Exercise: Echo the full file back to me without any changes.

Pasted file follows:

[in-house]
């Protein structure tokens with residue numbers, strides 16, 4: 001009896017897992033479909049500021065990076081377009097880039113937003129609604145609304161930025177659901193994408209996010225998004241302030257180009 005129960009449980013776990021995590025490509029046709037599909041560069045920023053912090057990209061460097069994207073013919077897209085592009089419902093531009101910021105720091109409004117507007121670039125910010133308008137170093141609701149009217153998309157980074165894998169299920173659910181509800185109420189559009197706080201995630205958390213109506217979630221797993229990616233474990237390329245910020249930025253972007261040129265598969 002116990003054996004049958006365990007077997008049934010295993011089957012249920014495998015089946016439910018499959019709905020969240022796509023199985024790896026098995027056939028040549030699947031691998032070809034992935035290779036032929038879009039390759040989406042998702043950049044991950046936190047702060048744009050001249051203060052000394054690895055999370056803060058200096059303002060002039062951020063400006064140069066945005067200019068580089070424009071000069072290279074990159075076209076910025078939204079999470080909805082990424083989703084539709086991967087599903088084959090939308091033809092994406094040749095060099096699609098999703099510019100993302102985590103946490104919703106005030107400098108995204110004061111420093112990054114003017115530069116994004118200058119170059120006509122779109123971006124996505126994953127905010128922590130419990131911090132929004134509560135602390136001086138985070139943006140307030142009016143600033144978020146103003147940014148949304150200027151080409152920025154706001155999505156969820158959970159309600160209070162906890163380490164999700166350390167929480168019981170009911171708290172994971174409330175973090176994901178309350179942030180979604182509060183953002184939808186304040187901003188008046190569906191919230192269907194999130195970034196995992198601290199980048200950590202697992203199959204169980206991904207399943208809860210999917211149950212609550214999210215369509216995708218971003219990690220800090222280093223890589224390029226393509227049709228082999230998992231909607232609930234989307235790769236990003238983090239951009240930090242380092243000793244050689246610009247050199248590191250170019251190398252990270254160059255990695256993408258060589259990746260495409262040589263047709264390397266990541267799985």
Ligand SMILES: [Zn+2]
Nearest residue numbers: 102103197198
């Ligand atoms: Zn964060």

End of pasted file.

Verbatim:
[in-house]
């Protein structure tokens with residue numbers, strides 16, 4: 001009896017897992033479909049500021065990076081377009097880039113937003129609604145609304161930025177659901193994408209996010225998004241302030257180009 005129960009449980013776990021995590025490509029046709037599909041560069045920023053912090057990209061460097069994207073013919077897209085592009089419902093531009101910021105720091109409004117507007121670039125910010133308008137170093141609701149009217153998309157980074165894998169299920173659910181509800185109420189559009197706080201995630205958390213109506217979630221797993229990616233474990237390329245910020249930025253972007261040129265598969 002116990003054996004049958006365990007077997008049934010295993011089957012249920014495998015089946016439910018499959019709905020969240022796509023199985024790896026098995027056939028040549030699947031691998032070809034992935035290779036032929038879009039390759040989406042998702043950049044991950046936190047702060048744009050001249051203060052000394054690895055999370056803060058200096059303002060002039062951020063400006064140069066945005067200019068580089070424009071000069072290279074990159075076209076910025078939204079999470080909805082990424083989703084539709086991967087599903088084959090939308091033809092994406094040749095060099096699609098999703099510019100993302102985590103946490104919703106005030107400098108995204110004061111420093112990054114003017115530069116994004118200058119170059120006509122779109123971006124996505126994953127905010128922590130419990131911090132929004134509560135602390136001086138985070139943006140307030142009016143600033144978020146103003147940014148949304150200027151080409152920025154706001155999505156969820158959970159309600160209070162906890163380490164999700166350390167929480168019981170009911171708290172994971174409330175973090176994901178309350179942030180979604182509060183953002184939808186304040187901003188008046190569906191919230192269907194999130195970034196995992198601290199980048200950590202697992203199959204169980206991904207399943208809860210999917211149950212609550214999210215369509216995708218971003219990690220800090222280093223890589224390029226393509227049709228082999230998992231909607232609930234989307235790769236990003238983090239951009240930090242380092243000793244050689246610009247050199248590191250170019251190398252990270254160059255990695256993408258060589259990746260495409262040589263047709264390397266990541267799985």
Ligand SMILES: [Zn+2]
Nearest residue numbers: 102103197198
């Ligand atoms: Zn964060």